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Game Reviews

‘YIIK: A Post-Modern RPG’ Review – A Clunky Work of Art

“YIIK”, for all of its shortcomings, strives towards a uniquely personal vision. It abides by JRPG conventions in order to defy them.

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YIIK: A Postmodern RPG has finally released after an extended development period of nearly six years. This Western JRPG made waves ever since it was first announced, thanks to its eerie aesthetic and unique premise. Beneath all the artistry and surrealism, however, YIIK latches onto a strong set of personal beliefs, to varying degrees of effect. The game unabashedly wears its 1990s-inspired heart on its sleeve.

I’ve talked at great length about the role nostalgia plays in modern game design. It serves as a crutch for developers stuck in the past and as inspiration for those looking towards the future. Ackk Studios, the developers of YIIK, has tried to use it as both.

YIIK is undoubtedly a work of art. However, in trying to tell its story and make a point, it sacrificed much of its gameplay. YIIK both embraces and rejects the role nostalgia has played in its design, to varying degrees of success. It’s a game that’s hard to recommend but will provide a uniquely personal experience for those that take the plunge.

Welcome to the Y2K

Set in the year 1999, the game follows Alex Eggleston, a college graduate who’s returned home and is eager to do nothing of consequence. Sporting flannel, a love for games, thick plastic glasses, and a vast vinyl collection, Alex wears the hipster label proudly. His immediate concerns consist of holding onto that shred of irresponsibility before adulthood can fully rear its ugly head.

An aimless day of meandering leads Alex to a chance encounter in an abandoned factory with a young woman, Sammy Pak. Inexplicably drawn to this strange girl, their meeting gets cut short when extraterrestrial entities drag Samy into a cosmic void.

Alex quickly enlists the help others, all of them bound together by a mutual search for the truth. What follows is a mystery that takes Alex and his friends to the bounds of time, space, and the end of the world.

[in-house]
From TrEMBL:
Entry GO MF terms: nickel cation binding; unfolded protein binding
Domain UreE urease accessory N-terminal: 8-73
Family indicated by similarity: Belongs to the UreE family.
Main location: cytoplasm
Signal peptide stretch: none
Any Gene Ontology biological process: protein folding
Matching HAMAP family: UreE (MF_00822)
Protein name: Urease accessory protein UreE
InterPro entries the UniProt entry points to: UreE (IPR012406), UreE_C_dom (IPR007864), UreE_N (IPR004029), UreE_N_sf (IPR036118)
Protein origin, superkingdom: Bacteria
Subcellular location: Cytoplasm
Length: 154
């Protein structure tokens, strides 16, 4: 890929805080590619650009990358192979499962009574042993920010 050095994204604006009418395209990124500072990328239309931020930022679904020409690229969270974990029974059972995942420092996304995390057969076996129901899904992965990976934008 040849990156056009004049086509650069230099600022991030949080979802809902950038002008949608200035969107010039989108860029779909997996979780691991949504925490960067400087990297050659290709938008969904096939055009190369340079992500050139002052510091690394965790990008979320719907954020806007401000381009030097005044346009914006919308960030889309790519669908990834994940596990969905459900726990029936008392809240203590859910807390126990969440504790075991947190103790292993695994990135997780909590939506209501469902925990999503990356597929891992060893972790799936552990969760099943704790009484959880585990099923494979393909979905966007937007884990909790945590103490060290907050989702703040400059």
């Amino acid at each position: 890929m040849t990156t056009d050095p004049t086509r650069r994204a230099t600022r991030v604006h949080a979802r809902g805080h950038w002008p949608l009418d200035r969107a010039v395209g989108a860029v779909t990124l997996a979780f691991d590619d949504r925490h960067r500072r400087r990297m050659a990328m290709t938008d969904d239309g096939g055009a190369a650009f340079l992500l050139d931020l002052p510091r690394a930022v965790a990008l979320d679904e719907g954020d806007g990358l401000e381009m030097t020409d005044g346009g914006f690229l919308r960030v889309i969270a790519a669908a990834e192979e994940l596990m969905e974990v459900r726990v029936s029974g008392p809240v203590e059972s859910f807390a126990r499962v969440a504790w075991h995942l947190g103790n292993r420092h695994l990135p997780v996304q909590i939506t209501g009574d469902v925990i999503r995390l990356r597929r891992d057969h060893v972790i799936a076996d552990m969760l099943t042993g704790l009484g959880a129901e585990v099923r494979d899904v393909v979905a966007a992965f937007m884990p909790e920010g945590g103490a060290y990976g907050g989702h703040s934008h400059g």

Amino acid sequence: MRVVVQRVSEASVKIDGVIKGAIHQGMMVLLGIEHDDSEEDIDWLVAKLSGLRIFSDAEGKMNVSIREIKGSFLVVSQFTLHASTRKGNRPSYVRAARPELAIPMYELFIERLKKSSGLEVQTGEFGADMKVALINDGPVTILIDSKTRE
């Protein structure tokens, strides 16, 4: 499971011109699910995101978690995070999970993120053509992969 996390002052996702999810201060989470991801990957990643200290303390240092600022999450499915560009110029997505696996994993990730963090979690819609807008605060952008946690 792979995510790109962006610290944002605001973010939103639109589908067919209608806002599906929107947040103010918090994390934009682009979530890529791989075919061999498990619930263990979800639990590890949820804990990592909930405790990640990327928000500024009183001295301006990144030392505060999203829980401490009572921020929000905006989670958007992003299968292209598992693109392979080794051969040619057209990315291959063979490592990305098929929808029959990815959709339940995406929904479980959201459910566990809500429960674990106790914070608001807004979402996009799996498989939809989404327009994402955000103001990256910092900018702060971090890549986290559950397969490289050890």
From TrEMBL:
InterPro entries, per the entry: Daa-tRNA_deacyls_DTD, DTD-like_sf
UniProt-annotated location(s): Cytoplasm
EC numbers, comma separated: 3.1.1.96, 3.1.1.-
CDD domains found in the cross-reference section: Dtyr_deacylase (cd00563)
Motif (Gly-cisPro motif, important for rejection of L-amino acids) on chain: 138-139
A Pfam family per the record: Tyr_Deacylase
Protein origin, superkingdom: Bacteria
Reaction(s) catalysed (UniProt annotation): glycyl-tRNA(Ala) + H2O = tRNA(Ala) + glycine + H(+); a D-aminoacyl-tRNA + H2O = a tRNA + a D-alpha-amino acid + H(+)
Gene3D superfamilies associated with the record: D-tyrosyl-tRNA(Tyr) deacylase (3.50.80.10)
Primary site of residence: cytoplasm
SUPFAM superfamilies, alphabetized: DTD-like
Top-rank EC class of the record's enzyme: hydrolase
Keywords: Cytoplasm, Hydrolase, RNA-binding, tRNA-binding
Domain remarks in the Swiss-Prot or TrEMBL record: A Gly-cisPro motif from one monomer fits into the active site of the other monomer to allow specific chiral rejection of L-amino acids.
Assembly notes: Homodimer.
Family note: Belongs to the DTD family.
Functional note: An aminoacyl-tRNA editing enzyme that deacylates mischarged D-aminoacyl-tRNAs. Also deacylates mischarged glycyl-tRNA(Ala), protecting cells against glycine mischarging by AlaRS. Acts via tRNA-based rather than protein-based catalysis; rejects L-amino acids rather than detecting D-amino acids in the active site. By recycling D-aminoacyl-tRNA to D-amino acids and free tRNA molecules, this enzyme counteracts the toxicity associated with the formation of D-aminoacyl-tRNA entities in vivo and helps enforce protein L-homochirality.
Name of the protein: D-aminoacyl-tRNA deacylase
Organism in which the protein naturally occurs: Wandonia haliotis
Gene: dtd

YIIK’s story cultivates an unsettling aura that allows for the surreal and metaphysical to exist logically within the game’s world. Ghosts and samurai rats exist alongside arcades and pizza, with nobody batting an eye. Cosmic entities from other dimensions, mind dungeons, and astral powers have their place in this world.

These supernatural and mysterious elements play a wonderful role in ONISM1999, an in-game message board. ONISM acts as an online hub for individuals that want to delve deeper into the reality of the world. Users carry out “discussions” in various threads on local supernatural happenings. Not only does it help flesh out YIIK’s unsettling tone, it gives audiences a peek into the early internet age.

The Distancing Effect

That holds true for much of the game. In many ways, YIIK is a faithful parody of the era in which it takes place. It captures unique qualities of the late 90s, particularly where pop culture is concerned.

A clear affinity for the 90s sometimes proves a little too much. The issue lies in the thoroughly unsubtle way the game winks to its audience at times. Meta jokes, self-reference, and direct communication to the player through in-game dialogue happens so often that it nearly becomes frustrating.

Yet, for all of its philosophical posturing, meta-commentary, and surrealism, YIIK tells an incredibly personal story of doubt, determination, and belonging. It digs deep into raw emotions by contrasting its human emotions with its inhuman scenery. The specific life experience of an aimless liberal arts hipster like Alex doesn’t exactly address a wide audience. As the game progresses, however, his story transforms into something that is far more universal.

YIIK ultimately presents itself as a coming-of-age story covering a unique period of life: early adulthood. The road to get there tries to break down the pretension into something raw and personal. Almost imperceptibly, the narrative shifts from an outward struggle to one that focuses inwards.

As the story moves forward, it delves into the melancholia of adulthood and the unwanted burdens it brings. The game does a masterful job of relating its core themes across the main cast. Each of the characters come from different walks of life, but they all face the same existential dread that plagues Alex. Though circumstance brought them together, their friendship sees them through to the end of days.

“But for all of us, time moved at the same rate – calculating days until we found a way to feel important.”

This is Reality

Sure to be the most striking aspect of YIIK is its unique offbeat presentation. Violently vibrant neon tones clash in harmony with an unsettling score amidst a low-poly world not unlike our own. The art style works in tandem with the narrative and music to produce an experience that unnerves the player to attention.

Much like the story does, the visuals place a heavy emphasis on the mundane and surreal inhabiting the same space. For example, YIIK’s setting is distinctly suburban America in the late 90s. All the hallmarks are there: bus stops, gas stations, strip malls and the like.

However, spaced-out character designs, off-color scenery, and surreal geometry place this reality distinctly outside of our own.